COVID contemplations - PPE (persona protection enforcement) (snippet)
Article: “Hospitals Muzzle Doctors and Nurses on PPE, COVID-19 Cases”
By Alicia Gallegos
Healthcare workers, including doctors, use personal protective equipment including masks, face-shields, and gowns to protect themselves against the potential danger of working directly with sick patients, particularly when it comes to COVID transmission. Some hospitals have created a “culture of silence” regarding talking about the status of the hospital, including such topics as the availability of such equipment, and even reprimanding, threatening, or firing those who say things to the media or post on social media regarding their concerns.2
Physicians have long known that the business and corporate side of medicine has devalued physicians and limited their ability to care for patients, and the COVID pandemic has just made this all the more apparent. One physician stated, “[The health system] is very protective of their public image.” and “In the past, people that have posted things that they don’t like get spoken to quickly and/or fired depending on what was written. I could only imagine that would be the situation regarding COVID-19. They are very strict.”2
The article discusses how hospitals have been trying to protect their persona, their image during COVID. There are obvious deficiencies that healthcare workers, including physicians, are attempting to point out, except they are being squashed by those with higher authority in these health systems. Maintaining a positive image is essential to the business of the hospital; appearing less capable, less powerful, and less trustworthy could potentially lead to patients going elsewhere for their care. Thus, these hospitals took measures to silence those who would break this image, this persona.
This is actually nothing new, but COVID and the strains it has caused to hospitals have brought much to light. Ironically, by being so strict and domineering, these hospitals are damaging their image as trustworthy and capable systems to deliver care to patients.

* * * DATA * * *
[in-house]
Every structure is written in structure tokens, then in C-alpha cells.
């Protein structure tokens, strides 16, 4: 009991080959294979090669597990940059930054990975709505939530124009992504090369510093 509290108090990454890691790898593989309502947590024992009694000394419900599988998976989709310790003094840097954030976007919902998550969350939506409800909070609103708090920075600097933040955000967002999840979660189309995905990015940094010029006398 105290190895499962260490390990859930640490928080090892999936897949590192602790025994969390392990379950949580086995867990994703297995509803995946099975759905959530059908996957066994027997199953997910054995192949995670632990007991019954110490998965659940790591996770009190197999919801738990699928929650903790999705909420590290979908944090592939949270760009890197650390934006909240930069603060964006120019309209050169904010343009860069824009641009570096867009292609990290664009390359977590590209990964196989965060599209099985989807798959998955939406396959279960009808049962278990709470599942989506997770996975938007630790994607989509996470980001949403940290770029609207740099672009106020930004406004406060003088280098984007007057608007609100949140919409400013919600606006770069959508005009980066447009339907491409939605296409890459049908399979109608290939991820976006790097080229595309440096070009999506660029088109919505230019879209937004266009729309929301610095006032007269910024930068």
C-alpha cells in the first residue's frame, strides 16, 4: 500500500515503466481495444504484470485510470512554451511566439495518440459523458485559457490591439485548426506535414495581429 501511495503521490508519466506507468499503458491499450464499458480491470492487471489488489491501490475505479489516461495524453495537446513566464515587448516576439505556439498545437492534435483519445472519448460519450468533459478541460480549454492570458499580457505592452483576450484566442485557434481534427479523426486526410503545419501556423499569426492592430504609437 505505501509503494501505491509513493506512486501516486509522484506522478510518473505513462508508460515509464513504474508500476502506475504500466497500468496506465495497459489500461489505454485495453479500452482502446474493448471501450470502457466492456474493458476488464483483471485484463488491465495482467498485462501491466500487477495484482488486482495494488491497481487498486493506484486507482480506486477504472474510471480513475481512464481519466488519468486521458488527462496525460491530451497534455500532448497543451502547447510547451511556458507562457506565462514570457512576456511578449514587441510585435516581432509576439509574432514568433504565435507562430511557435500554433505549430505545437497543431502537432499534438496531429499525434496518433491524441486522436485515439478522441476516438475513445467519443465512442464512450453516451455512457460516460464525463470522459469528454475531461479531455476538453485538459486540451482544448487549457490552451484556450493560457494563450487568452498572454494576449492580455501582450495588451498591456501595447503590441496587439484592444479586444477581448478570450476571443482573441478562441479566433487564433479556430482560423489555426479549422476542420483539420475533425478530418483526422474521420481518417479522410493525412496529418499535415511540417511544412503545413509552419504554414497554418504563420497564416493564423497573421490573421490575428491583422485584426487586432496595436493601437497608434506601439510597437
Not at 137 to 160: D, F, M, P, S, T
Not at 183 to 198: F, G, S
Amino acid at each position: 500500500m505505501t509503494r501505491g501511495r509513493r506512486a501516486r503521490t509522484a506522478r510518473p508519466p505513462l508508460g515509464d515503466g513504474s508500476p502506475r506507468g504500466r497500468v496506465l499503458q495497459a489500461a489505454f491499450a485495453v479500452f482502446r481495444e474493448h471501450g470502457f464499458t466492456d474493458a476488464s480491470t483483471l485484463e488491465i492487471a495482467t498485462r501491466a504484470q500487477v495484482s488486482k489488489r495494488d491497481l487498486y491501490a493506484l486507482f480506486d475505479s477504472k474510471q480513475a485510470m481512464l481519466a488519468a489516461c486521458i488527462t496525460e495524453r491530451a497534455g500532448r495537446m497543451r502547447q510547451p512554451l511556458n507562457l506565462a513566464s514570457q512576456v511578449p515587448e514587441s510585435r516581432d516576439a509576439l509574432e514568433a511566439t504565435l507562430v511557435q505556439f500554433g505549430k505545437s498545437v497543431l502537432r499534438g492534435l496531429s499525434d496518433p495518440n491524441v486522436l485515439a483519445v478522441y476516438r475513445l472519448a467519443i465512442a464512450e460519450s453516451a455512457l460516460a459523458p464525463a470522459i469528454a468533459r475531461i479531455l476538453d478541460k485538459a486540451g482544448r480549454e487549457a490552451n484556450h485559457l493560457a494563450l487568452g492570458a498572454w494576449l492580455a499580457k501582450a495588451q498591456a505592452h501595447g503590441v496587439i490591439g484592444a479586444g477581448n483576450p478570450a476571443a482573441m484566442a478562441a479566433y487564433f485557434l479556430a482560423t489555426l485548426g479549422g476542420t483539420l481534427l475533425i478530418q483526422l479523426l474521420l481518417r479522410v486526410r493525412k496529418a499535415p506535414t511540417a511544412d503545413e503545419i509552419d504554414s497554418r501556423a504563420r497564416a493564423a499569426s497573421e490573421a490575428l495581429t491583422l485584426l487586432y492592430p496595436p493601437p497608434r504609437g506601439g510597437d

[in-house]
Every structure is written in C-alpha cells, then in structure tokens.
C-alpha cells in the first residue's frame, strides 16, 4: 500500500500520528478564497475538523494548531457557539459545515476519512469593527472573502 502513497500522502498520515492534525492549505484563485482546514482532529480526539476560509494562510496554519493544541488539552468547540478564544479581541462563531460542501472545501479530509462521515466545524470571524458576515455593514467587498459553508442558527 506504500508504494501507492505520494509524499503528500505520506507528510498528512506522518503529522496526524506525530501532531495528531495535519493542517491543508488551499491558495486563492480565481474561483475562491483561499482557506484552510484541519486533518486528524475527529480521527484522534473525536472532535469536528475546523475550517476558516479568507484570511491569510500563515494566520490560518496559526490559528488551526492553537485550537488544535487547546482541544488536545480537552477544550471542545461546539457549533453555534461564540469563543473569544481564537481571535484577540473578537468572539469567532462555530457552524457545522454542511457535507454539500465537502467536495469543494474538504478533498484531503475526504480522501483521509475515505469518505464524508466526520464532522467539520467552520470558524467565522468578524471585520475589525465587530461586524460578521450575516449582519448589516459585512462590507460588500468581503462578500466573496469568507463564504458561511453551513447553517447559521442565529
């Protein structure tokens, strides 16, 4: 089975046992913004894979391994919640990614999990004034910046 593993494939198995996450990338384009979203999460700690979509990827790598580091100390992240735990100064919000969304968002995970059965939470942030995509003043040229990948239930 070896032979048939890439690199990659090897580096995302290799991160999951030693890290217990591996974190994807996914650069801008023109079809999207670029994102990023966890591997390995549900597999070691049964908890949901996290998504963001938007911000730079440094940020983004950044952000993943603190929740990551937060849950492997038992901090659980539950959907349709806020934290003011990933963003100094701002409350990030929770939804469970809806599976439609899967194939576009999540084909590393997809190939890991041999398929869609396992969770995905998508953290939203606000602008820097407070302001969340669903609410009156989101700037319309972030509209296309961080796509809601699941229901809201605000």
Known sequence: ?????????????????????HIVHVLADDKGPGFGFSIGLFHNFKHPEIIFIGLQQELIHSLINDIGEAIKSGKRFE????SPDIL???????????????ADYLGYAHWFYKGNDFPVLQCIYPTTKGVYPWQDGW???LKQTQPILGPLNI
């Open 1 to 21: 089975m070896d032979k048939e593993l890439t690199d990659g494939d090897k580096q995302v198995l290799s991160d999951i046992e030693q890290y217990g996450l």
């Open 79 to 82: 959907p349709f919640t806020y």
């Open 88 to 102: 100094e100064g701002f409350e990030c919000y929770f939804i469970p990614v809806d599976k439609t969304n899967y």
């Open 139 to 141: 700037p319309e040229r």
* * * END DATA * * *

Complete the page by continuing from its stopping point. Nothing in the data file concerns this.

Personas are important and necessary for everyday social interactions: cooing and playing “peek-a-boo” is an appropriate persona when interacting with an infant but not at a business meeting, while showing off your laziness and bad habits may illustrate an appropriate persona with close friends but not when on you’re on a first date with a person you are trying to impress.
However, people sometimes get “stuck” on one persona and begin to over-identify with it. A law enforcement official may over-identify with the persona of delivering justice and correcting others, and when this persona is challenged, they may protect it by using more violence than necessary when dealing with someone who is being uncooperative. This person may even maintain this persona of rightness and justice at home by correcting or chastising people who live with them and get defensive when someone challenges this persona. Someone with a doctorate degree (medical, philosophy, etc.) may carry their “doctor” persona everywhere they go and introduce themselves as “My name is Dr. So-and-so” to everyone, regardless of the situation. In fact, they may flaunt their credentials even more when challenged in order to protect their persona.
Both of these cases illustrate how someone can over-identify with a particular persona and want to protect this persona, often without even realizing it. It is as if their entire self and life are only this persona and must be vigorously defended. This leads to an unhealthy imbalance.
Question / Exercises
Depending on or overidentifying with certain qualities or attributes is a barrier to knowing more about oneself because it highlights only certain aspects. Learning what the persona you try to protect and enforce the most is gives you hints for self-awareness and personal development. We profoundly like it when others praise or approve the qualities and attributes of the persona we portray, and we are immensely bothered if these qualities and attributes are criticized or disregarded.
What are your qualities and attributes that you enjoy being known for? How do you feel when others dismiss your having these qualities and attributes or dismiss these qualities and attributes in themselves?
Which of the following personas do you identify with most of the time and possibly over-identify to the point where it has become you?
I’m powerful and confident, so follow me!
I’m laid-back and agreeable, ah, let’s relax!
I’m someone with integrity and need to make things better.
I’m needed by others, so let me help you!
I’m a successful someone who gets things done!
I’m unique and special, different from everyone else!
I’m smart and know all about XYZ!
I’m dependable and you can count on me!
I’m all over the place enjoying stuff I want to experience! Yay!
What persona do you usually adapt when you are in a public place with people who you do know versus people you do not know? Understanding this takes time because the skill of self-observation is something that needs to be practiced, but ultimately being able to identify the ways you adopt your personas enables you to stop overidentifying with certain qualities and attributes. You are much more than that.
Gallegos A. Hospitals muzzle doctors and nurses on PPE, COVID-19 cases. Medscape website. https://www.medscape.com/viewarticle/927541. Updated March 25, 2020. Accessed June 13, 2020.